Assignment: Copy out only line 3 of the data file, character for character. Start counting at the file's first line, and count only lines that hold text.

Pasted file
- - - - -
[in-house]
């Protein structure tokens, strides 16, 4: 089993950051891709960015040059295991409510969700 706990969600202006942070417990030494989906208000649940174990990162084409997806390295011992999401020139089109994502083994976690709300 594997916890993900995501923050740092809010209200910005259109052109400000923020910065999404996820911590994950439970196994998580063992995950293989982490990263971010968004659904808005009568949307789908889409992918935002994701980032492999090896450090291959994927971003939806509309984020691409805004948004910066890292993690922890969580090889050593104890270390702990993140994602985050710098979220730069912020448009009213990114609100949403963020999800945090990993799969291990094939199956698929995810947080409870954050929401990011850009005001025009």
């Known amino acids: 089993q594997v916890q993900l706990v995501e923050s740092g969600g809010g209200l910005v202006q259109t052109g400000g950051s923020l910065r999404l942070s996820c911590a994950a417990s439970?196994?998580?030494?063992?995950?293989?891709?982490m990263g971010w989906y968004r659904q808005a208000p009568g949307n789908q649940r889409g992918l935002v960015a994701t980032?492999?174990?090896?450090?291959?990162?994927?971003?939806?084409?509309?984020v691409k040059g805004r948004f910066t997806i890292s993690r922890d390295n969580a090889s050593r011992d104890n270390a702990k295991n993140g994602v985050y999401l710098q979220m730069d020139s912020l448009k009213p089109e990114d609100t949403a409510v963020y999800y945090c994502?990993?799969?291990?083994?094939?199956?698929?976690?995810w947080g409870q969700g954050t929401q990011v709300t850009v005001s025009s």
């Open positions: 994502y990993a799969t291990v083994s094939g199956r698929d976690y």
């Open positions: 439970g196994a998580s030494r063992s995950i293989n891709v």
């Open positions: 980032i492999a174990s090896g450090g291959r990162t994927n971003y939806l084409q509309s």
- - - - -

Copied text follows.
């Known amino acids: 089993q594997v916890q993900l706990v995501e923050s740092g969600g809010g209200l910005v202006q259109t052109g400000g950051s923020l910065r999404l942070s996820c911590a994950a417990s439970?196994?998580?030494?063992?995950?293989?891709?982490m990263g971010w989906y968004r659904q808005a208000p009568g949307n789908q649940r889409g992918l935002v960015a994701t980032?492999?174990?090896?450090?291959?990162?994927?971003?939806?084409?509309?984020v691409k040059g805004r948004f910066t997806i890292s993690r922890d390295n969580a090889s050593r011992d104890n270390a702990k295991n993140g994602v985050y999401l710098q979220m730069d020139s912020l448009k009213p089109e990114d609100t949403a409510v963020y999800y945090c994502?990993?799969?291990?083994?094939?199956?698929?976690?995810w947080g409870q969700g954050t929401q990011v709300t850009v005001s025009s």